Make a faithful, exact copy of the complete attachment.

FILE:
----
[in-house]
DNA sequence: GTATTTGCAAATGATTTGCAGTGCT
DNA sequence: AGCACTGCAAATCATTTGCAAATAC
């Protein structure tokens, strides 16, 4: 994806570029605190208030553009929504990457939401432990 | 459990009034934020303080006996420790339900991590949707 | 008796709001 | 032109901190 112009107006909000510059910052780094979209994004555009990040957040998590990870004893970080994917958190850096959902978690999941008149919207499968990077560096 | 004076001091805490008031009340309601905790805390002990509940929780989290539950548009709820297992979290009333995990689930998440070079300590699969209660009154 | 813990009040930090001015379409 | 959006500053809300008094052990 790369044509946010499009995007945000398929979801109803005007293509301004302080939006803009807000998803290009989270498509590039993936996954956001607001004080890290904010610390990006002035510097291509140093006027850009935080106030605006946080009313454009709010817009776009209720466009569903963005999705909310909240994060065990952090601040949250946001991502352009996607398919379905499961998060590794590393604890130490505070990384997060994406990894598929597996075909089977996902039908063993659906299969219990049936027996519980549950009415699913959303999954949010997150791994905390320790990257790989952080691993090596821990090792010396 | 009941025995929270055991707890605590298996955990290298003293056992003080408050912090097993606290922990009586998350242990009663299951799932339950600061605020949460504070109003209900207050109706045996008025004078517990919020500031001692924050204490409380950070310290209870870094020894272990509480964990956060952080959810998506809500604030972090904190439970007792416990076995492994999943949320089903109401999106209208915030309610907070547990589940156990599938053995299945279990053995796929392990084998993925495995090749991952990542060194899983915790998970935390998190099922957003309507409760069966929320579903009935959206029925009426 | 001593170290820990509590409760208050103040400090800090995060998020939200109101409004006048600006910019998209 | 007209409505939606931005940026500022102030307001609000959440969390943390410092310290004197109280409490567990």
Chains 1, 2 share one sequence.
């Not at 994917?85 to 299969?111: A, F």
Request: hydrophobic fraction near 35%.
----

[in-house]
DNA sequence: GTATTTGCAAATGATTTGCAGTGCT
DNA sequence: AGCACTGCAAATCATTTGCAAATAC
């Protein structure tokens, strides 16, 4: 994806570029605190208030553009929504990457939401432990 | 459990009034934020303080006996420790339900991590949707 | 008796709001 | 032109901190 112009107006909000510059910052780094979209994004555009990040957040998590990870004893970080994917958190850096959902978690999941008149919207499968990077560096 | 004076001091805490008031009340309601905790805390002990509940929780989290539950548009709820297992979290009333995990689930998440070079300590699969209660009154 | 813990009040930090001015379409 | 959006500053809300008094052990 790369044509946010499009995007945000398929979801109803005007293509301004302080939006803009807000998803290009989270498509590039993936996954956001607001004080890290904010610390990006002035510097291509140093006027850009935080106030605006946080009313454009709010817009776009209720466009569903963005999705909310909240994060065990952090601040949250946001991502352009996607398919379905499961998060590794590393604890130490505070990384997060994406990894598929597996075909089977996902039908063993659906299969219990049936027996519980549950009415699913959303999954949010997150791994905390320790990257790989952080691993090596821990090792010396 | 009941025995929270055991707890605590298996955990290298003293056992003080408050912090097993606290922990009586998350242990009663299951799932339950600061605020949460504070109003209900207050109706045996008025004078517990919020500031001692924050204490409380950070310290209870870094020894272990509480964990956060952080959810998506809500604030972090904190439970007792416990076995492994999943949320089903109401999106209208915030309610907070547990589940156990599938053995299945279990053995796929392990084998993925495995090749991952990542060194899983915790998970935390998190099922957003309507409760069966929320579903009935959206029925009426 | 001593170290820990509590409760208050103040400090800090995060998020939200109101409004006048600006910019998209 | 007209409505939606931005940026500022102030307001609000959440969390943390410092310290004197109280409490567990």
Chains 1, 2 share one sequence.
């Not at 994917?85 to 299969?111: A, F």
Request: hydrophobic fraction near 35%.